The situation with networking is changing too rapidly to recommend anything specific. For remote login ISDN is available in many areas although a PPP or SLIP connection using a 28K modem line works fine for most applications (image display can be a slow). A tape drive is recommended, possibly required, for astronomical data interchange and for backing up large disks. A good choice is a DAT or Exabyte on a SCSI adapter. Nowadays any PC should have a CD-ROM drive.
Many high end laptops can run UNIX/X11 and IRAF. The main concern here,
aside from hardware support by the version of UNIX you plan to run, will be
the screen size. Get the highest resolution screen you can afford. Since
late 1995 many vendors are offering 600x800 SuperVGA screens on laptops.
Our expectation is that the PC, already a major player in 1996, will play an increasingly important role in astronomical computing in the future. The primary reason is that for a modest cost one can get a fully configured system of tremendous capability. Another important factor is the wealth of software available for the PC, including alternative operating systems and commercial and personal software. No other platform, including workstations, has such a wide range of software available.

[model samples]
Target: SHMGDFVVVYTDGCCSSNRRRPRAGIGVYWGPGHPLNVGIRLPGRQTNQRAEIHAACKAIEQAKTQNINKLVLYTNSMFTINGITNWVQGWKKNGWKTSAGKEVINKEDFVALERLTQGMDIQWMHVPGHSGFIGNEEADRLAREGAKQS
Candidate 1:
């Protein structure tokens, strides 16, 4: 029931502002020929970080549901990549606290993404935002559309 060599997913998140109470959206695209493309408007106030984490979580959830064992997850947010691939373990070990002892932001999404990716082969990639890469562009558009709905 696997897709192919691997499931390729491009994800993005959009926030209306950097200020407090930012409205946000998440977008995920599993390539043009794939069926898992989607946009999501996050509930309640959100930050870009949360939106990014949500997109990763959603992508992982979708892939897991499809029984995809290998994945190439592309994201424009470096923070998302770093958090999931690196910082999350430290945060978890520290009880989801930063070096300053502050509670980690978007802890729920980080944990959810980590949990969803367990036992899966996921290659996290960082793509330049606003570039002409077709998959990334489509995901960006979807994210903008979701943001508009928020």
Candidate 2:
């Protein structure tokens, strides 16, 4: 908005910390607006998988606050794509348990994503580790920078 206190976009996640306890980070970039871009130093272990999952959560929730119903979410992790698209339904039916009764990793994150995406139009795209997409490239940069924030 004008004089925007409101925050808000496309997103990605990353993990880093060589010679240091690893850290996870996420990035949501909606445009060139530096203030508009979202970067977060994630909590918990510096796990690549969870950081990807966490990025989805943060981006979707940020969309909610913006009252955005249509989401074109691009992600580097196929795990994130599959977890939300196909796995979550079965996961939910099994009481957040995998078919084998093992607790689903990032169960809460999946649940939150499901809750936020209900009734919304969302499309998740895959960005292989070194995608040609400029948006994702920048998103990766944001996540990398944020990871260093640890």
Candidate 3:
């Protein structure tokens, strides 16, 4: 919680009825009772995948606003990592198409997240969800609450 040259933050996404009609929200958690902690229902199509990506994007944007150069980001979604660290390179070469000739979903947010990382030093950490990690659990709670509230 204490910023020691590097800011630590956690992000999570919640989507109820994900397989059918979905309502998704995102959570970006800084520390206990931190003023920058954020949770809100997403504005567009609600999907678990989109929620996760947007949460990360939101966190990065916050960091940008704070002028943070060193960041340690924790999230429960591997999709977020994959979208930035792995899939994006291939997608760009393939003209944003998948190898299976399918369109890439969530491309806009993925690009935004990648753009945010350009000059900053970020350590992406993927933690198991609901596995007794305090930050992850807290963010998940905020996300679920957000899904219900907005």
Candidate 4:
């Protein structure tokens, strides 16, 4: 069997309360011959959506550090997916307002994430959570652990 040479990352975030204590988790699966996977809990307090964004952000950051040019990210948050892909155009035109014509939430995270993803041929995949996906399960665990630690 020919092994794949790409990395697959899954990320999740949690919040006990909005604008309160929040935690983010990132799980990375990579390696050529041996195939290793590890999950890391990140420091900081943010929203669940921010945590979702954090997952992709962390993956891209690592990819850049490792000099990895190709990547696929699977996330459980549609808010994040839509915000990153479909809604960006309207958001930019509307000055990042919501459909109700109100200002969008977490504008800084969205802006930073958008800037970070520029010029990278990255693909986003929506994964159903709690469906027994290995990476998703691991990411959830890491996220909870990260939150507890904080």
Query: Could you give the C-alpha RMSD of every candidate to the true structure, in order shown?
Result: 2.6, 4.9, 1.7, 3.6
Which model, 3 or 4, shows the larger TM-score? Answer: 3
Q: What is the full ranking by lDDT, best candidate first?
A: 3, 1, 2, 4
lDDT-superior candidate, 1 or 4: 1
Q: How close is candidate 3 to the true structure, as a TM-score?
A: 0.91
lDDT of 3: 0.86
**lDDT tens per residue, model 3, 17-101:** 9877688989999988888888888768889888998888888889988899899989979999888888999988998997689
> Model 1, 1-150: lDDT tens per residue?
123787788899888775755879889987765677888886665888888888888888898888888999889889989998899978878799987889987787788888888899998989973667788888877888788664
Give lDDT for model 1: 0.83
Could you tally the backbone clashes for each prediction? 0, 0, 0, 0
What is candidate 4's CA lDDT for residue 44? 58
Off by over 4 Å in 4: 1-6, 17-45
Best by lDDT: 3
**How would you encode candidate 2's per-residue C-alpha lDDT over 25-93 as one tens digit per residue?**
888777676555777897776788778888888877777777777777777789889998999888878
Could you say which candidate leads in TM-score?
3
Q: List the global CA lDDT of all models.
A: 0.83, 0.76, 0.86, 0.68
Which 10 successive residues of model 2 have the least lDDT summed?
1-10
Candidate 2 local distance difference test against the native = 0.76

PC hardware and software became competitive with workstations sometime around 1994. By 1995 PC hardware offered performance comparable to a typical desktop workstation - better performance than the several year old workstations many people still had in their offices. The UNIX operating systems variants such as Linux, BSD, and Solaris x86 matured to the point where they were useful at about the same time.
Although PC hardware has reached the point where it is plenty fast enough for personal computing, including much scientific computing, this does not mean that it is on a par with workstation performance. The high end workstations have continued to evolve as well and are now essentially supercomputers, faster than is needed for most applications (for which the PC is now an option), but providing the raw power needed for larger problems. Modern high capacity astronomical detectors still often require the power of a high end workstation. An 8K square CCD mosaic for example, produces images 128-256 Mb in size and a typical night's data set might contain 50-100 such images. Even a simple operation such as viewing such an image requires quite a powerful system.